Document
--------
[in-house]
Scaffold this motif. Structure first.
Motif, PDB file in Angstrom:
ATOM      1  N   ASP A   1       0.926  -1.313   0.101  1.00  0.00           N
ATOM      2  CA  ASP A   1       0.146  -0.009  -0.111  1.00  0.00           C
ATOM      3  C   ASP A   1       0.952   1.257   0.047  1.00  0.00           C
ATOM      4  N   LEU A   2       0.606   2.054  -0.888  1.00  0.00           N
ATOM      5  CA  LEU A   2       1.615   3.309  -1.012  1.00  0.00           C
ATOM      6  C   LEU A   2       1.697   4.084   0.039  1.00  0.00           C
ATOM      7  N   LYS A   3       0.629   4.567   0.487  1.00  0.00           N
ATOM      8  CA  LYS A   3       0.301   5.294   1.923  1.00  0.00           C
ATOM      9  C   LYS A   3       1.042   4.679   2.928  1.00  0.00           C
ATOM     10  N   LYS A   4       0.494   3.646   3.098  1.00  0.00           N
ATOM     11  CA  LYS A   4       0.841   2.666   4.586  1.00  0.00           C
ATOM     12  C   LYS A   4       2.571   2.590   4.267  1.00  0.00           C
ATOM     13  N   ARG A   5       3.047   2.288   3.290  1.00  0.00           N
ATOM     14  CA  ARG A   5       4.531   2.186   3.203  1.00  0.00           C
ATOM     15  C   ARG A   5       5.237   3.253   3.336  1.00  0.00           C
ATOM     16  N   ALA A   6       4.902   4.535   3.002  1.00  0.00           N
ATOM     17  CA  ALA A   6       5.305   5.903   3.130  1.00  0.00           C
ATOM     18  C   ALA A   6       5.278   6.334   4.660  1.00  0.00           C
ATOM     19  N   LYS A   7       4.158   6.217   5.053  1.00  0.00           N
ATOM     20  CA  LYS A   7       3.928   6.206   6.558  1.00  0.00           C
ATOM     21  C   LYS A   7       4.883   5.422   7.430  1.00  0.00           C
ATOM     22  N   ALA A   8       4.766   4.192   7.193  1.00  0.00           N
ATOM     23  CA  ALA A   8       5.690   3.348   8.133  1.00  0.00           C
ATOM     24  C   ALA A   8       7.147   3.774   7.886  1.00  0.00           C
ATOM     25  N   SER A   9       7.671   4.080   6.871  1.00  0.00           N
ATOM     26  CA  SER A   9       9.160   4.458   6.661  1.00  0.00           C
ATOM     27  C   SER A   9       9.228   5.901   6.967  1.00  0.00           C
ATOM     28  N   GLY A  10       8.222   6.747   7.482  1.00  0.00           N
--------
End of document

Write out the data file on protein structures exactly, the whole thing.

[in-house]
Scaffold this motif. Structure first.
Motif, PDB file in Angstrom:
ATOM      1  N   ASP A   1       0.926  -1.313   0.101  1.00  0.00           N
ATOM      2  CA  ASP A   1       0.146  -0.009  -0.111  1.00  0.00           C
ATOM      3  C   ASP A   1       0.952   1.257   0.047  1.00  0.00           C
ATOM      4  N   LEU A   2       0.606   2.054  -0.888  1.00  0.00           N
ATOM      5  CA  LEU A   2       1.615   3.309  -1.012  1.00  0.00           C
ATOM      6  C   LEU A   2       1.697   4.084   0.039  1.00  0.00           C
ATOM      7  N   LYS A   3       0.629   4.567   0.487  1.00  0.00           N
ATOM      8  CA  LYS A   3       0.301   5.294   1.923  1.00  0.00           C
ATOM      9  C   LYS A   3       1.042   4.679   2.928  1.00  0.00           C
ATOM     10  N   LYS A   4       0.494   3.646   3.098  1.00  0.00           N
ATOM     11  CA  LYS A   4       0.841   2.666   4.586  1.00  0.00           C
ATOM     12  C   LYS A   4       2.571   2.590   4.267  1.00  0.00           C
ATOM     13  N   ARG A   5       3.047   2.288   3.290  1.00  0.00           N
ATOM     14  CA  ARG A   5       4.531   2.186   3.203  1.00  0.00           C
ATOM     15  C   ARG A   5       5.237   3.253   3.336  1.00  0.00           C
ATOM     16  N   ALA A   6       4.902   4.535   3.002  1.00  0.00           N
ATOM     17  CA  ALA A   6       5.305   5.903   3.130  1.00  0.00           C
ATOM     18  C   ALA A   6       5.278   6.334   4.660  1.00  0.00           C
ATOM     19  N   LYS A   7       4.158   6.217   5.053  1.00  0.00           N
ATOM     20  CA  LYS A   7       3.928   6.206   6.558  1.00  0.00           C
ATOM     21  C   LYS A   7       4.883   5.422   7.430  1.00  0.00           C
ATOM     22  N   ALA A   8       4.766   4.192   7.193  1.00  0.00           N
ATOM     23  CA  ALA A   8       5.690   3.348   8.133  1.00  0.00           C
ATOM     24  C   ALA A   8       7.147   3.774   7.886  1.00  0.00           C
ATOM     25  N   SER A   9       7.671   4.080   6.871  1.00  0.00           N
ATOM     26  CA  SER A   9       9.160   4.458   6.661  1.00  0.00           C
ATOM     27  C   SER A   9       9.228   5.901   6.967  1.00  0.00           C
ATOM     28  N   GLY A  10       8.222   6.747   7.482  1.00  0.00           N